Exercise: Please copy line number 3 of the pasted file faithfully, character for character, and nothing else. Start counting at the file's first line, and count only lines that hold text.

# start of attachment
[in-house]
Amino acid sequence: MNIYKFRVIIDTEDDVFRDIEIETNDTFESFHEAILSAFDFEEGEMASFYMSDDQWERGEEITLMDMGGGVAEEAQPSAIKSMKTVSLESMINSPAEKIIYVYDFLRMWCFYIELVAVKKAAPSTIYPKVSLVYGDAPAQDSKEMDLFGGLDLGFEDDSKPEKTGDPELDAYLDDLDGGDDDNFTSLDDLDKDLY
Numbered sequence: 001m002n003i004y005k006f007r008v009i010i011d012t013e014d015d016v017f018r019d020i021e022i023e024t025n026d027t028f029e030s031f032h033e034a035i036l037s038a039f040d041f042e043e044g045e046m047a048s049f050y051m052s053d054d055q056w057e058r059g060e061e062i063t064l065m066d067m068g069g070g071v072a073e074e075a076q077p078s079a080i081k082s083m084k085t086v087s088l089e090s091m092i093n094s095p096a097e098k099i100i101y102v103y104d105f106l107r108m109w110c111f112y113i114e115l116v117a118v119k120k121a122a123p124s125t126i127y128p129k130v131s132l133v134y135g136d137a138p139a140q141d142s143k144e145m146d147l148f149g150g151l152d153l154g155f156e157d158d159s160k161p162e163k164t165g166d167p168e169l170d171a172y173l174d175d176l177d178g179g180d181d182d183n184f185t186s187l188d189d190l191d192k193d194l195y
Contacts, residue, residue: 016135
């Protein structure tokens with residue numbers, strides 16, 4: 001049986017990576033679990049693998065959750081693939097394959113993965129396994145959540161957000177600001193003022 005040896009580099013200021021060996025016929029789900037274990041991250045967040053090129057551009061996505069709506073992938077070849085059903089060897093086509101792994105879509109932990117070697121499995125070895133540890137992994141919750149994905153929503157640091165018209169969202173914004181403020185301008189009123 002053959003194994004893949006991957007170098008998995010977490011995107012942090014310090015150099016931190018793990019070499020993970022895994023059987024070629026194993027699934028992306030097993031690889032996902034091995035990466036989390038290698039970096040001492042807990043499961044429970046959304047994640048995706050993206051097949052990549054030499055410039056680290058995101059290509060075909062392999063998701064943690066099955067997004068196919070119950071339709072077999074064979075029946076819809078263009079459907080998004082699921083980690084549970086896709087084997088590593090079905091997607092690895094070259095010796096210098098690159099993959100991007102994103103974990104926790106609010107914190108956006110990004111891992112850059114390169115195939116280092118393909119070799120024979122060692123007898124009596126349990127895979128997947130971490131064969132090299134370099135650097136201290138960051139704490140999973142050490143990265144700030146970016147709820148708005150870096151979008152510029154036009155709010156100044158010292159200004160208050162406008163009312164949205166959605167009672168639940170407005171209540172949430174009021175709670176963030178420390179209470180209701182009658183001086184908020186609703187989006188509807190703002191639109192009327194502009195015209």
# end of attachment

Numbered sequence: 001m002n003i004y005k006f007r008v009i010i011d012t013e014d015d016v017f018r019d020i021e022i023e024t025n026d027t028f029e030s031f032h033e034a035i036l037s038a039f040d041f042e043e044g045e046m047a048s049f050y051m052s053d054d055q056w057e058r059g060e061e062i063t064l065m066d067m068g069g070g071v072a073e074e075a076q077p078s079a080i081k082s083m084k085t086v087s088l089e090s091m092i093n094s095p096a097e098k099i100i101y102v103y104d105f106l107r108m109w110c111f112y113i114e115l116v117a118v119k120k121a122a123p124s125t126i127y128p129k130v131s132l133v134y135g136d137a138p139a140q141d142s143k144e145m146d147l148f149g150g151l152d153l154g155f156e157d158d159s160k161p162e163k164t165g166d167p168e169l170d171a172y173l174d175d176l177d178g179g180d181d182d183n184f185t186s187l188d189d190l191d192k193d194l195y